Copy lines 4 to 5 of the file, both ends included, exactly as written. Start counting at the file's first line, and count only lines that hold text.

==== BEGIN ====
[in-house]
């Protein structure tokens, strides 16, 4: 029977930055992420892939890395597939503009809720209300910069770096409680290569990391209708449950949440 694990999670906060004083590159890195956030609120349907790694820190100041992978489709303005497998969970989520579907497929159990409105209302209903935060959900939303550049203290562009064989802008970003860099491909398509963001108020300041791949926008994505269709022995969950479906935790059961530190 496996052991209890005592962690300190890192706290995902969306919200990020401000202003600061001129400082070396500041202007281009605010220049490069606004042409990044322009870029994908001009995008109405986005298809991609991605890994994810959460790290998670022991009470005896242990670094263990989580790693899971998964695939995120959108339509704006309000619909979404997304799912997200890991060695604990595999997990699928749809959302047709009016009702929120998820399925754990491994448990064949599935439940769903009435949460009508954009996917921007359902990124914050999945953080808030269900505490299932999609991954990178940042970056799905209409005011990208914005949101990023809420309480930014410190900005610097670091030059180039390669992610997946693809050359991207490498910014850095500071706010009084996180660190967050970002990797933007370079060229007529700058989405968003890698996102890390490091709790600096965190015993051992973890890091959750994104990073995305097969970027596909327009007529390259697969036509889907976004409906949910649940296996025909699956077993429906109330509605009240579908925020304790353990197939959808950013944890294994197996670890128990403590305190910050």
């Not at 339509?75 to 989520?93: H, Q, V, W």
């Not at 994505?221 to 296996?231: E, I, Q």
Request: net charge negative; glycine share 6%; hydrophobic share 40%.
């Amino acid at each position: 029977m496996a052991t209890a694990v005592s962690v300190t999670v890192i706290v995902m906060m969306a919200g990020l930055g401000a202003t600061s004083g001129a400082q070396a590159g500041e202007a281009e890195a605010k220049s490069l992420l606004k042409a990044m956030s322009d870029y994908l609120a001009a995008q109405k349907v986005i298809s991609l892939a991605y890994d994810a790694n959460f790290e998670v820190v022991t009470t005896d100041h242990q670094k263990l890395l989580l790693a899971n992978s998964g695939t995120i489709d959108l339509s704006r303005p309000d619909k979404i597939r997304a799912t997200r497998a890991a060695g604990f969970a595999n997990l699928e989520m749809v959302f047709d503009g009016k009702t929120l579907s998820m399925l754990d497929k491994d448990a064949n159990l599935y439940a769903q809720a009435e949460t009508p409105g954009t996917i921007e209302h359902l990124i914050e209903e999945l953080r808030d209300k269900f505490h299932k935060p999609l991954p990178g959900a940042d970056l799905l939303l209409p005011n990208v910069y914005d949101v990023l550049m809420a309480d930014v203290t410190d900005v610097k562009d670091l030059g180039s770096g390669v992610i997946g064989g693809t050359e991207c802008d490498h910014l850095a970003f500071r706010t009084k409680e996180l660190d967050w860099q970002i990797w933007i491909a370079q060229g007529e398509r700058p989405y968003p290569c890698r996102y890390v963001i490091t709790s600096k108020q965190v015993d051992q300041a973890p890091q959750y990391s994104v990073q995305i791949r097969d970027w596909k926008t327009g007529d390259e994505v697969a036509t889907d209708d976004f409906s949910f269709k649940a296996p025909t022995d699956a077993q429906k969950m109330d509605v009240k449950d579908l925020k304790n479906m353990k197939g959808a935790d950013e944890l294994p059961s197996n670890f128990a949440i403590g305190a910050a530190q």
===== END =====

């Not at 994505?221 to 296996?231: E, I, Q």
Request: net charge negative; glycine share 6%; hydrophobic share 40%.